1. Begin with a KWL chart on chart paper to activate prior knowledge. Ask students: What do you know about plants? What do you want to learn about plants? Write down any reasonable student responses. Return to the chart at the end of the lesson to add what the students learned.
2. Display a large picture of a plant with a view of the roots. Have the following words written on cards: root, stem, leaf, flower. Ask four students to come up and place a card on the appropriate place on the picture.
3. Next, show students a live plant and point out all the parts that were previously labeled. Be sure to carefully remove the roots from the dirt so students get a good view of the root system.
4. Tell students that each part of the plant has a special job. Hand out a sheet with the four parts with space for students to fill in the job, or have students take notes in a notebook (depending on age.) Discuss and take notes on each plant part:
Root – anchors the plant, absorbs water
Stem – supports plant, holds leaves up to sun, carries water, minerals, and sugar
Leaf – captures energy from the sun for photosynthesis
Flower – allows plant to reproduce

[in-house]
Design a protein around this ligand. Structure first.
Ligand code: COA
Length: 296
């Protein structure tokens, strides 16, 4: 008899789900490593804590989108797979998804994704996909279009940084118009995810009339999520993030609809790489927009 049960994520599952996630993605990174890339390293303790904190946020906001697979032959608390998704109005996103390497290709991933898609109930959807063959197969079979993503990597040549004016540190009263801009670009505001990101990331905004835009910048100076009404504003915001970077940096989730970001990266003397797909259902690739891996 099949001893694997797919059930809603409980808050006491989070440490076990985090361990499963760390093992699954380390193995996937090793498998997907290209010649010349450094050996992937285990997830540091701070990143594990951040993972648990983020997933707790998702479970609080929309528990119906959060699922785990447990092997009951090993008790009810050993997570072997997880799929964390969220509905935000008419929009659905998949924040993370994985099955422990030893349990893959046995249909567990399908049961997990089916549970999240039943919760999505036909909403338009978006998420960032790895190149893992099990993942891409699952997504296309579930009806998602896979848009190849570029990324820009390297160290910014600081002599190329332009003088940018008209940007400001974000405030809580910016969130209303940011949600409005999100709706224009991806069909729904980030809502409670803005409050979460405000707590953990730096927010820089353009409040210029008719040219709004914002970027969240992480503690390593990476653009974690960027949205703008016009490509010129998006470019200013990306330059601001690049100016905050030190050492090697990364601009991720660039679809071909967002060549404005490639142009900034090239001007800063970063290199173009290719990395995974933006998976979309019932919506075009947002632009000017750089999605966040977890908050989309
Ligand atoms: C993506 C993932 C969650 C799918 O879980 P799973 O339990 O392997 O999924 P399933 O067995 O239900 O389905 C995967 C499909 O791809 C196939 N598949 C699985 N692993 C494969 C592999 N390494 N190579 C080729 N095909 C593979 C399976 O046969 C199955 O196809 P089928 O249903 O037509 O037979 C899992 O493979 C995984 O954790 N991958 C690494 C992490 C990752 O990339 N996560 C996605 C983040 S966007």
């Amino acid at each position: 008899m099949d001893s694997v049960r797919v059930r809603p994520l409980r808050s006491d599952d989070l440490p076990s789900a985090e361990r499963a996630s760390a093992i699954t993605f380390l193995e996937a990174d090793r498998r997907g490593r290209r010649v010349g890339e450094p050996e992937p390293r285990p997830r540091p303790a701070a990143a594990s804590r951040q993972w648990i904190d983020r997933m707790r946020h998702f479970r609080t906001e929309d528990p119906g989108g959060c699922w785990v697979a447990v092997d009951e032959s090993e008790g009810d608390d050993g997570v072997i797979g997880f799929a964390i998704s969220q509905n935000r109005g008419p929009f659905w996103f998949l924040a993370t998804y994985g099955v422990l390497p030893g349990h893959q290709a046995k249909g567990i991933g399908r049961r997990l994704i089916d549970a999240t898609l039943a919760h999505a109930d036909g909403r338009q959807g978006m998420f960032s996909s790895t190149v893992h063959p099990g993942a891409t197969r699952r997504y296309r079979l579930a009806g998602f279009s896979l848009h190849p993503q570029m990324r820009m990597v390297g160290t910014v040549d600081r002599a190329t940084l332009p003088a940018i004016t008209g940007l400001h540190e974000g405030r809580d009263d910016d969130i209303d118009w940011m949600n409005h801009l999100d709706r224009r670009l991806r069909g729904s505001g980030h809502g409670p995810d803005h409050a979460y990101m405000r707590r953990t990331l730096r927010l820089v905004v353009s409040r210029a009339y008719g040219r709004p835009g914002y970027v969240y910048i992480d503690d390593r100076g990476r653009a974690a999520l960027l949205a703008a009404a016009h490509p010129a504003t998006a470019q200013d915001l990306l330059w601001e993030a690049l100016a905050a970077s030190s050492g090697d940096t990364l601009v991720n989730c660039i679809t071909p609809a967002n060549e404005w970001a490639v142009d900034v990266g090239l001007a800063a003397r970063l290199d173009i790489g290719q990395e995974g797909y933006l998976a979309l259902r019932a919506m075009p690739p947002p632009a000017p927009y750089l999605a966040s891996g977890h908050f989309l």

5. Go back to the KWL chart and ask students: What did you learn about plants in this lesson?
1. Have students draw a picture of a plant with all four parts. Glue folded pieces of paper around the picture with the parts labeled on top of the paper. Have students write the part’s function on the inside of the paper so it’s seen when the label is lifted.
2. Grow a plant in the classroom and record its growth each week by having students draw the plant. This can be done by folding a piece of construction paper into quarters and drawing a picture of what the plant looks like once a week for four weeks. If you prefer to have a plant growth book, students can draw each week’s picture on a full sheet of paper and staple the four sheets (or more) to make a book.
Give the students a picture of a plant to label the four parts. On the back, have the students write a sentence using each plant part to tell its function.
I hope this lesson gets your students excited about all the wonderful things that occur in the spring. There are many fun, hands-on lessons that can be done with plants.